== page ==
I used to have big dogs that loved to walk. My three new ones came with a different idea about walking and the outside. They are little dogs. The girl won’t even go out for her bodily needs once it’s below 32 degrees. Both the boys love going out for about ten to twenty seconds. Then they are done with the walk and it’s time to go get warm and get treats. I soon realized I needed something to substitute for the miles I was no longer walking. I got a stationary bike. And believe it or not, I use it every night. Finally, a piece of exercise equipment that isn’t a clothes deposit system in my living room.
I work from my home. My dogs are with me twenty-four hours a day. This creates what some might call a tight bond and others might call a significant neurosis on the part of the dogs. If I am farther than five feet away, they panic and have to get up and move to wherever I am. So when I move from the kitchen to the living room couch, they all follow. If I get up from the couch to use the bike, which is less than three feet away, they have to also get up and reposition themselves on blankets directly behind the bike. I assume this is on the off chance the bike might take off and they’ll need to follow. The little girl is the only one who doesn’t follow this routine. Since I put the heating pad under her bed, she doesn’t like to get all that far from it. Not even the distant screeching of the parrots can rouse her when the heat hits her belly.
This is my home. This is my life. I couldn’t imagine it any other way. For me a roof over my head, a heater blowing hot air and a toilet that flushes are my minimum requirements. Warm cuddly dogs and loud joyous birds are just an added bonus. But after following the stories in last week’s ADN about some of the homeless in Anchorage, I realize that home can be defined in many ways. And a lot of those ways would horrify most of us.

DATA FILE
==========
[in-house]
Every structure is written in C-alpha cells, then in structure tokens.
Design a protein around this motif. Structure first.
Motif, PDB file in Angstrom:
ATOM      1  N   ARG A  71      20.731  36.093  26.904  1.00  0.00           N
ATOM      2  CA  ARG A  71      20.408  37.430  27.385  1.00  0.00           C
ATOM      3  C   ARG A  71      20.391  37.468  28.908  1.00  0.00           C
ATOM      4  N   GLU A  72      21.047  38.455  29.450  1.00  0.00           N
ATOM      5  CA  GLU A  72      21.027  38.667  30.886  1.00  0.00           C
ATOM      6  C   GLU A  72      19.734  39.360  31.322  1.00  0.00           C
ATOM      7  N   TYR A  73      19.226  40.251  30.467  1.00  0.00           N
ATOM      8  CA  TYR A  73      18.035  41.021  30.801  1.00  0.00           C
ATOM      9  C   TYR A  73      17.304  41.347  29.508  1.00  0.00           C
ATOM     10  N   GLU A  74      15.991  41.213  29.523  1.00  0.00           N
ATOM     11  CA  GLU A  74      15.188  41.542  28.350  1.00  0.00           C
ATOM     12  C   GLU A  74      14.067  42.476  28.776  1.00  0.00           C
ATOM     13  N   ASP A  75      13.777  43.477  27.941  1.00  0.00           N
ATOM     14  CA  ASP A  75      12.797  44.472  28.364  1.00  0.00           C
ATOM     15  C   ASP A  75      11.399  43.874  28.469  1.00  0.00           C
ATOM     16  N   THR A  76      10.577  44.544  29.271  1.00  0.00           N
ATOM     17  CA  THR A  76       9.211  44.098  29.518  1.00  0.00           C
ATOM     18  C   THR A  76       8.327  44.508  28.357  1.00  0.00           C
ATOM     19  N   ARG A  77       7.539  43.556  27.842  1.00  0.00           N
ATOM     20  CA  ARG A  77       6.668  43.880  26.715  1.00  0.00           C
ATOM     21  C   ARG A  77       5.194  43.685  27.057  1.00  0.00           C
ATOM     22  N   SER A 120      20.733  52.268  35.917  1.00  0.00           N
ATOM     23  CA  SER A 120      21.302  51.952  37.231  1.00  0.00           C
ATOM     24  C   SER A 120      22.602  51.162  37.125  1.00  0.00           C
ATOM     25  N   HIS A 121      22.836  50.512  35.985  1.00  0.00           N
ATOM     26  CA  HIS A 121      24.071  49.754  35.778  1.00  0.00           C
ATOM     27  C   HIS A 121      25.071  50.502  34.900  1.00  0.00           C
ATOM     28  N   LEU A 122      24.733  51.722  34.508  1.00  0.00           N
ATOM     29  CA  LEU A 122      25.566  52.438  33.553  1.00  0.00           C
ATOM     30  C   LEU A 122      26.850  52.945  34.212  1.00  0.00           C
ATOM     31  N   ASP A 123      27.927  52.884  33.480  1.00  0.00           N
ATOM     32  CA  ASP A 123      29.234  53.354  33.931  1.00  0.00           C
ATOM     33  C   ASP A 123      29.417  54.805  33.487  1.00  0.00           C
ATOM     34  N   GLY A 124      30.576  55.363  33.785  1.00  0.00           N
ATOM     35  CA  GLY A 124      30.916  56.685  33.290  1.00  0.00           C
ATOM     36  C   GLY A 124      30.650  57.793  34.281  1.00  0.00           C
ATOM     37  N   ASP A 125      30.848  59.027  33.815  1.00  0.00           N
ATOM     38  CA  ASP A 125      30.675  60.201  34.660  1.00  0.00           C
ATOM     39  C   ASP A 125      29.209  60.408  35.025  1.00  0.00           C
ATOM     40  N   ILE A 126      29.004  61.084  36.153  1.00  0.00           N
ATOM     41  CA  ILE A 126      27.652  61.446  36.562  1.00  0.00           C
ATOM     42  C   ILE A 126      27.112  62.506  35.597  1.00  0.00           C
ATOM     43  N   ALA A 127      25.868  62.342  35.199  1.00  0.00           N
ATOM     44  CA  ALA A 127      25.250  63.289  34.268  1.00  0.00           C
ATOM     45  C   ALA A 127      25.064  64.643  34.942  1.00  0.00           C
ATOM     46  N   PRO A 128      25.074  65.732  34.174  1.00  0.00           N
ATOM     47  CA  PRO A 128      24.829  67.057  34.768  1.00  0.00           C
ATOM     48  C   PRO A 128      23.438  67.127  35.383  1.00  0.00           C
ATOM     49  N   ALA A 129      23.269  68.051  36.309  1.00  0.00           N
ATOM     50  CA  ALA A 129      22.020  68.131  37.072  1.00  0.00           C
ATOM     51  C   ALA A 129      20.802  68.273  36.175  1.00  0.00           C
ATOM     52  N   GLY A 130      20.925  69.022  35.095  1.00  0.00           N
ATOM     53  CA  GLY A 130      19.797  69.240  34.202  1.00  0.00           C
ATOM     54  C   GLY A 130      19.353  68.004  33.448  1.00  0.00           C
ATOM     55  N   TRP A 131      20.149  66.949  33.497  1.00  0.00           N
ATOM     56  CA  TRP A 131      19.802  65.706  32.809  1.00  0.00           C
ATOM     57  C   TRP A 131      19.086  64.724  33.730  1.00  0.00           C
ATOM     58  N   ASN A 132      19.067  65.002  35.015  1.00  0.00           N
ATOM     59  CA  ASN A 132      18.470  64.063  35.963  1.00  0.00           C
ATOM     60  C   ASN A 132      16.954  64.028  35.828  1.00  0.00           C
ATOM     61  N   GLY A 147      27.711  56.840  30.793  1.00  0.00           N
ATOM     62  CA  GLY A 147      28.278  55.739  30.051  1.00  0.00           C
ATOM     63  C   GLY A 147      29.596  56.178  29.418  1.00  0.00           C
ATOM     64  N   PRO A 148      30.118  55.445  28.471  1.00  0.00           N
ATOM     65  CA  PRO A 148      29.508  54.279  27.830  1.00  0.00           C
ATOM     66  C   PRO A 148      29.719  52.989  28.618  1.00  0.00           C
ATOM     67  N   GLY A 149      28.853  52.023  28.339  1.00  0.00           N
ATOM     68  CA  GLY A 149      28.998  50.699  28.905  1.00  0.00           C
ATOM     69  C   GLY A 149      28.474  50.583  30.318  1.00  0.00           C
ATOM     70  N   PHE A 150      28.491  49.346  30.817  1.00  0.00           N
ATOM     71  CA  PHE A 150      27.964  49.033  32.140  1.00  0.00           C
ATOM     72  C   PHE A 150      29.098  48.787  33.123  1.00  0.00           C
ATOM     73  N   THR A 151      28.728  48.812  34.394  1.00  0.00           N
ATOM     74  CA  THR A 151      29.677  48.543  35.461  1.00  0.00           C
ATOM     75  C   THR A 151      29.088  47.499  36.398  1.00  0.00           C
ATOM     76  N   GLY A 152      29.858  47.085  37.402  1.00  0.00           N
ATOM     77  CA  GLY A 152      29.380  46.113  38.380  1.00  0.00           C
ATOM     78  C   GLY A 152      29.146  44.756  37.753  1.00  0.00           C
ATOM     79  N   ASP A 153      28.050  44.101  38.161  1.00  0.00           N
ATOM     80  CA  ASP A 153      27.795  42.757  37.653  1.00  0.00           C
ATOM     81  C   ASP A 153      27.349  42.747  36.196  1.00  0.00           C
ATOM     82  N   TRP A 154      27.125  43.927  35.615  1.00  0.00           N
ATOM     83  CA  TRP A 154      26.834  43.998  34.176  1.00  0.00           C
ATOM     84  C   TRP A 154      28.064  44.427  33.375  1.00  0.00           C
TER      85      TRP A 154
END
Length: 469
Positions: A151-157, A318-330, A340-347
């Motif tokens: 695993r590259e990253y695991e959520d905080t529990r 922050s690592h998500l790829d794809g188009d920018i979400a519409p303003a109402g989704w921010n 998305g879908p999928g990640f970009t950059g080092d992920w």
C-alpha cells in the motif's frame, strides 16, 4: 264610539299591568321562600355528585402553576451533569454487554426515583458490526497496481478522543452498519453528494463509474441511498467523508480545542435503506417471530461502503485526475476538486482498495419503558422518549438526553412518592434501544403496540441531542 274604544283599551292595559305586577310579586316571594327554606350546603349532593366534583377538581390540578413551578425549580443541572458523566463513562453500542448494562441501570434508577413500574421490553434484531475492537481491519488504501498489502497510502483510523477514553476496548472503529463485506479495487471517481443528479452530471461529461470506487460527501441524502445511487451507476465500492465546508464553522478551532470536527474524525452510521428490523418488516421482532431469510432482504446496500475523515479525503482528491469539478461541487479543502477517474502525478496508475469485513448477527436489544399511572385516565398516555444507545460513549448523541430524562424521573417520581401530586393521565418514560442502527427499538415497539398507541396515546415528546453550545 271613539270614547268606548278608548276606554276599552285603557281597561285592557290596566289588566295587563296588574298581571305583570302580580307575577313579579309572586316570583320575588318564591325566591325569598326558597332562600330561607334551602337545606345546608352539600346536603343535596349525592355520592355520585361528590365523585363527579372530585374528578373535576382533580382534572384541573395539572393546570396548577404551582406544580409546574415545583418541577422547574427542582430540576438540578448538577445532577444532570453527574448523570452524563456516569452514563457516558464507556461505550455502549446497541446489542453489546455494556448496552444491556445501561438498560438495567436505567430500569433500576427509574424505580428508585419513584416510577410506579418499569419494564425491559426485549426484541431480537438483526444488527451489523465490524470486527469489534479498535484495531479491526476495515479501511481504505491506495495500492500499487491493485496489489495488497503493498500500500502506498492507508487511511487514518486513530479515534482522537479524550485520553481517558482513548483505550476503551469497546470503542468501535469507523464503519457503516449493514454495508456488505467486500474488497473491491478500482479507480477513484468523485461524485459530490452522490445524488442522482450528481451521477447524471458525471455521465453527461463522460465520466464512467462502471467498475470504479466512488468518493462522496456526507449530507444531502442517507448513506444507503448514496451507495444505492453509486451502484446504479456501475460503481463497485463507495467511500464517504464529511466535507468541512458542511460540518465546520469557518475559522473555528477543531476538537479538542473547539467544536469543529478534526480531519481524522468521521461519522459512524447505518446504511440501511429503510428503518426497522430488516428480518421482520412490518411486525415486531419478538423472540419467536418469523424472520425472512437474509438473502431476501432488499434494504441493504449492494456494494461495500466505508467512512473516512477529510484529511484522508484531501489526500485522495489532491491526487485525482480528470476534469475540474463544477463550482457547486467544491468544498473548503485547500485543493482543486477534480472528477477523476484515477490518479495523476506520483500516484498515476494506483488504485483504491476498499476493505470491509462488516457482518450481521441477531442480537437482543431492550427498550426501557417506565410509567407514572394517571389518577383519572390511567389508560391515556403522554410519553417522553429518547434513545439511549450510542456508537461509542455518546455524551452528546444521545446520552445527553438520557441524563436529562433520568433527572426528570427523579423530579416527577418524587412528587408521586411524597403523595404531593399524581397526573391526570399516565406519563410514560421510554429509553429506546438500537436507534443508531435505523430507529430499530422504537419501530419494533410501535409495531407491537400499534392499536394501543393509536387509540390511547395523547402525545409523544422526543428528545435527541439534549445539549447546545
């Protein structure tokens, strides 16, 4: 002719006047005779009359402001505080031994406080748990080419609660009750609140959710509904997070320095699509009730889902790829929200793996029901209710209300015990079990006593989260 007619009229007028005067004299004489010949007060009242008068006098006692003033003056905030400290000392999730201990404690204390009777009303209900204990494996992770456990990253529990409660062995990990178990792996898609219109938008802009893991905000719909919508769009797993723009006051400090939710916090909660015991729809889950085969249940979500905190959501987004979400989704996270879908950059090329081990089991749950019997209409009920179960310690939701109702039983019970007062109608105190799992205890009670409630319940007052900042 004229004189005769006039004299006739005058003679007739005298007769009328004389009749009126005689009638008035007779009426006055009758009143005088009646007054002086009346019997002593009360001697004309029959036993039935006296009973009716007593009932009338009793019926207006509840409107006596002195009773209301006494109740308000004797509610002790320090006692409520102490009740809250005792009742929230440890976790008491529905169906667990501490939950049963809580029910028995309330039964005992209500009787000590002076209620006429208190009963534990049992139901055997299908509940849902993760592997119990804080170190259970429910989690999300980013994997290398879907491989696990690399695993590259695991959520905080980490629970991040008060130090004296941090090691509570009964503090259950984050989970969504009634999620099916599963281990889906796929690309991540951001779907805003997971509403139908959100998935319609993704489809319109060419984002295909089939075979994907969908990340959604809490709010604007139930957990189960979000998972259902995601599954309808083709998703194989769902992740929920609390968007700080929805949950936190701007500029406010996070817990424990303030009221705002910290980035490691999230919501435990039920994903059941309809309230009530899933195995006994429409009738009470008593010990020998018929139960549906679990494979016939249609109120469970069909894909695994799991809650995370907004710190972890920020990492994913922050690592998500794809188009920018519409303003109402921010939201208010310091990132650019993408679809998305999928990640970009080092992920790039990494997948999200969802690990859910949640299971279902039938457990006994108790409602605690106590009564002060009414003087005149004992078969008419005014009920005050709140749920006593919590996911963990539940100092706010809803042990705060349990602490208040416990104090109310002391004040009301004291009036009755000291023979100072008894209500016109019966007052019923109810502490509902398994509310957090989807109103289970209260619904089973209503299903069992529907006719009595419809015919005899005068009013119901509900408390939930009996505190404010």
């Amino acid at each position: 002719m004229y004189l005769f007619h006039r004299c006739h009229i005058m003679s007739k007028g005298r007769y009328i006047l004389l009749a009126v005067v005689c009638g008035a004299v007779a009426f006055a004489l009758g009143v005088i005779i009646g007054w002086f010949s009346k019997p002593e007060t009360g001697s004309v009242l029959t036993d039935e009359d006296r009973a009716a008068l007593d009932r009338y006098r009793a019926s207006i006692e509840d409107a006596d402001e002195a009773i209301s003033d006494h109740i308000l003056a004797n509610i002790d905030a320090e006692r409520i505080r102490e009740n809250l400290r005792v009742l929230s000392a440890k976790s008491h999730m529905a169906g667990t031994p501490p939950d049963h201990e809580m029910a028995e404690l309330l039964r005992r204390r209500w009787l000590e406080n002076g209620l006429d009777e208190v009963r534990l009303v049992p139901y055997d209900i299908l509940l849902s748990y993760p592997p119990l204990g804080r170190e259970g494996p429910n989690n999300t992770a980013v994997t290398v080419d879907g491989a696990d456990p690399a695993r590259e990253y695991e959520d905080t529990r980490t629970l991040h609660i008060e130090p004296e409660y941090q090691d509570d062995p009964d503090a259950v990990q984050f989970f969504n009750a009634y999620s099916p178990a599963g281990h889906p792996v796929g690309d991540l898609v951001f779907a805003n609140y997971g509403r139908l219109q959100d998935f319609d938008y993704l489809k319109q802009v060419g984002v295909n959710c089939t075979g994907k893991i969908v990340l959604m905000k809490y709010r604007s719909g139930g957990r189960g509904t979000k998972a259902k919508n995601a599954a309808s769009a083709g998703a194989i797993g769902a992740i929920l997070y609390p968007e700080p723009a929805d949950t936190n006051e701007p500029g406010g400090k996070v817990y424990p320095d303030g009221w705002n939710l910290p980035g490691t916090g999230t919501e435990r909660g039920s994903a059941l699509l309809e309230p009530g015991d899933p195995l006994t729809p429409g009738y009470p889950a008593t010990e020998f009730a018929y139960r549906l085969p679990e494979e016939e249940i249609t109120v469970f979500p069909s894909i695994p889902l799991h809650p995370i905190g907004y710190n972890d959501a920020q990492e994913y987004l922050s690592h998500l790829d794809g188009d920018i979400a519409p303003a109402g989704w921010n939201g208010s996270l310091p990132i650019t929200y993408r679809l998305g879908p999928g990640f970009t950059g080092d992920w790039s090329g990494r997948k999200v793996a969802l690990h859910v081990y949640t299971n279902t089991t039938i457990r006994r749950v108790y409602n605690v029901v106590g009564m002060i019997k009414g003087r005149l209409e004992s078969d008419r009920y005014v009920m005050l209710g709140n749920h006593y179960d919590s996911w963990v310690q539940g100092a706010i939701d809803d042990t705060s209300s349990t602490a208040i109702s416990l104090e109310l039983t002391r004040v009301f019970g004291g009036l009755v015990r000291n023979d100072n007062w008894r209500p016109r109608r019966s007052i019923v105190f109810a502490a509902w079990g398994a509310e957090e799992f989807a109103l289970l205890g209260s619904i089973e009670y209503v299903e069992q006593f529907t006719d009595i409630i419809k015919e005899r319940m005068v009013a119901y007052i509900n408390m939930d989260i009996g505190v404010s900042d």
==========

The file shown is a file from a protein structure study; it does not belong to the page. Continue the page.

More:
The people highlighted in those stories were both homeless and alcoholic. It’s that last part that causes us to start losing any sympathy we might have felt. If all they have to do is stop drinking to get their lives together and get off the street, then they should just do that, right? Just grab those bootstraps and pull yourself up.
But maybe it’s not so easy. And maybe what we call home is not something everyone might want. Or maybe it’s not something everyone can attain. Alcoholism is a deadly disease. The physical problems it can cause often stay with someone years after sobriety has been achieved. Achieving and maintaining sobriety is often a goal beyond the reach of someone whose body and brain have already been ravaged by alcohol. But a good look at the camp sites being dismantled and reassembled all over town shows a sense of home is still alive and well in this population in the way those tents are filled with personal items and life’s memorabilia.
As I read the articles, I found myself going beyond the alcoholism and seeing people who still wanted a home, even if it was just a tent in the woods. And people who still wanted love and companionship, even if it is of a variety that is hard for most of us to comprehend. In the end, the heart wants what it wants and doesn’t care about the circumstances that would seem to preclude love ever being present. What this piece taught me above all else is that these people we see on the corners looking dirty and smelly and holding sloppily inked signs are very much human beings with all the same wants and desires and needs as the rest of us. For some reason, whether mental illness, substance abuse, or just bad, bad luck, they ended up on the streets while you drive by in your warm car on your way to your warm home.
In the end, it wasn’t the differences I remembered. It was the humanity we have in common. To paraphrase John Bradford, “There but for the grace of god, go I”.